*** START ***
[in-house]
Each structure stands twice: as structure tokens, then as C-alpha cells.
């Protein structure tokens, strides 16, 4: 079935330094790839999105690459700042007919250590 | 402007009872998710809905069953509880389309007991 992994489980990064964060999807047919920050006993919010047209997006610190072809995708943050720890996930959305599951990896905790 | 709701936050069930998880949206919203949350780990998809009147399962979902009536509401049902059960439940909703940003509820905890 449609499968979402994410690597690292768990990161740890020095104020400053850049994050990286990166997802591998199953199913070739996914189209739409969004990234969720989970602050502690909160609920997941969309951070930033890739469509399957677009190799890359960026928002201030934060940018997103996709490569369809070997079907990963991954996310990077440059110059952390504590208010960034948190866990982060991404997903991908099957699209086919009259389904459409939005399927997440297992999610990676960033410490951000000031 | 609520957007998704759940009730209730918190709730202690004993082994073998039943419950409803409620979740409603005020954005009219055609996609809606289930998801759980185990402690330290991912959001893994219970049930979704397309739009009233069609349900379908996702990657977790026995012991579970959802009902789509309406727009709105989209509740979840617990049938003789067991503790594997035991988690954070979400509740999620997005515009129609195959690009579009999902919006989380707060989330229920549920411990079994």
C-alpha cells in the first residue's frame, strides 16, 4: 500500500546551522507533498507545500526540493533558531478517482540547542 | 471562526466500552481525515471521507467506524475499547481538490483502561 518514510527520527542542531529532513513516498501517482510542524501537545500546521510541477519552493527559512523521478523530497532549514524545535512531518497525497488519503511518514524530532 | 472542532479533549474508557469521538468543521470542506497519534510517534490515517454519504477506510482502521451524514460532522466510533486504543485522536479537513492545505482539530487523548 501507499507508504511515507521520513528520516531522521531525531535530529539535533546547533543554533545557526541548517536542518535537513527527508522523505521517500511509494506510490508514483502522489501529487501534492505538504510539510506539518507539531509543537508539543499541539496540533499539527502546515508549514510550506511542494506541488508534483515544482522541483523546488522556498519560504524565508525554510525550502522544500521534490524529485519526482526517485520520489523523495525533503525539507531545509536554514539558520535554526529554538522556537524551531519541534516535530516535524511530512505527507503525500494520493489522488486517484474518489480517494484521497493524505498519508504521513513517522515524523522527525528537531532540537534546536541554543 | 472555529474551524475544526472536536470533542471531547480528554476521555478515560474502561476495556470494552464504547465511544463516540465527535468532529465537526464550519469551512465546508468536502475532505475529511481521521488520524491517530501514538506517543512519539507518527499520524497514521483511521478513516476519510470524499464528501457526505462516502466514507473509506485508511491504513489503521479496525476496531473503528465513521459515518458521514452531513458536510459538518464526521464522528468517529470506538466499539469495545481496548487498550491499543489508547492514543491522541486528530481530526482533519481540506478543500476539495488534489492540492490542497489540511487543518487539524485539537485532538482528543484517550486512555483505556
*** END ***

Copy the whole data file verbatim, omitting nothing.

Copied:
[in-house]
Each structure stands twice: as structure tokens, then as C-alpha cells.
């Protein structure tokens, strides 16, 4: 079935330094790839999105690459700042007919250590 | 402007009872998710809905069953509880389309007991 992994489980990064964060999807047919920050006993919010047209997006610190072809995708943050720890996930959305599951990896905790 | 709701936050069930998880949206919203949350780990998809009147399962979902009536509401049902059960439940909703940003509820905890 449609499968979402994410690597690292768990990161740890020095104020400053850049994050990286990166997802591998199953199913070739996914189209739409969004990234969720989970602050502690909160609920997941969309951070930033890739469509399957677009190799890359960026928002201030934060940018997103996709490569369809070997079907990963991954996310990077440059110059952390504590208010960034948190866990982060991404997903991908099957699209086919009259389904459409939005399927997440297992999610990676960033410490951000000031 | 609520957007998704759940009730209730918190709730202690004993082994073998039943419950409803409620979740409603005020954005009219055609996609809606289930998801759980185990402690330290991912959001893994219970049930979704397309739009009233069609349900379908996702990657977790026995012991579970959802009902789509309406727009709105989209509740979840617990049938003789067991503790594997035991988690954070979400509740999620997005515009129609195959690009579009999902919006989380707060989330229920549920411990079994």
C-alpha cells in the first residue's frame, strides 16, 4: 500500500546551522507533498507545500526540493533558531478517482540547542 | 471562526466500552481525515471521507467506524475499547481538490483502561 518514510527520527542542531529532513513516498501517482510542524501537545500546521510541477519552493527559512523521478523530497532549514524545535512531518497525497488519503511518514524530532 | 472542532479533549474508557469521538468543521470542506497519534510517534490515517454519504477506510482502521451524514460532522466510533486504543485522536479537513492545505482539530487523548 501507499507508504511515507521520513528520516531522521531525531535530529539535533546547533543554533545557526541548517536542518535537513527527508522523505521517500511509494506510490508514483502522489501529487501534492505538504510539510506539518507539531509543537508539543499541539496540533499539527502546515508549514510550506511542494506541488508534483515544482522541483523546488522556498519560504524565508525554510525550502522544500521534490524529485519526482526517485520520489523523495525533503525539507531545509536554514539558520535554526529554538522556537524551531519541534516535530516535524511530512505527507503525500494520493489522488486517484474518489480517494484521497493524505498519508504521513513517522515524523522527525528537531532540537534546536541554543 | 472555529474551524475544526472536536470533542471531547480528554476521555478515560474502561476495556470494552464504547465511544463516540465527535468532529465537526464550519469551512465546508468536502475532505475529511481521521488520524491517530501514538506517543512519539507518527499520524497514521483511521478513516476519510470524499464528501457526505462516502466514507473509506485508511491504513489503521479496525476496531473503528465513521459515518458521514452531513458536510459538518464526521464522528468517529470506538466499539469495545481496548487498550491499543489508547492514543491522541486528530481530526482533519481540506478543500476539495488534489492540492490542497489540511487543518487539524485539537485532538482528543484517550486512555483505556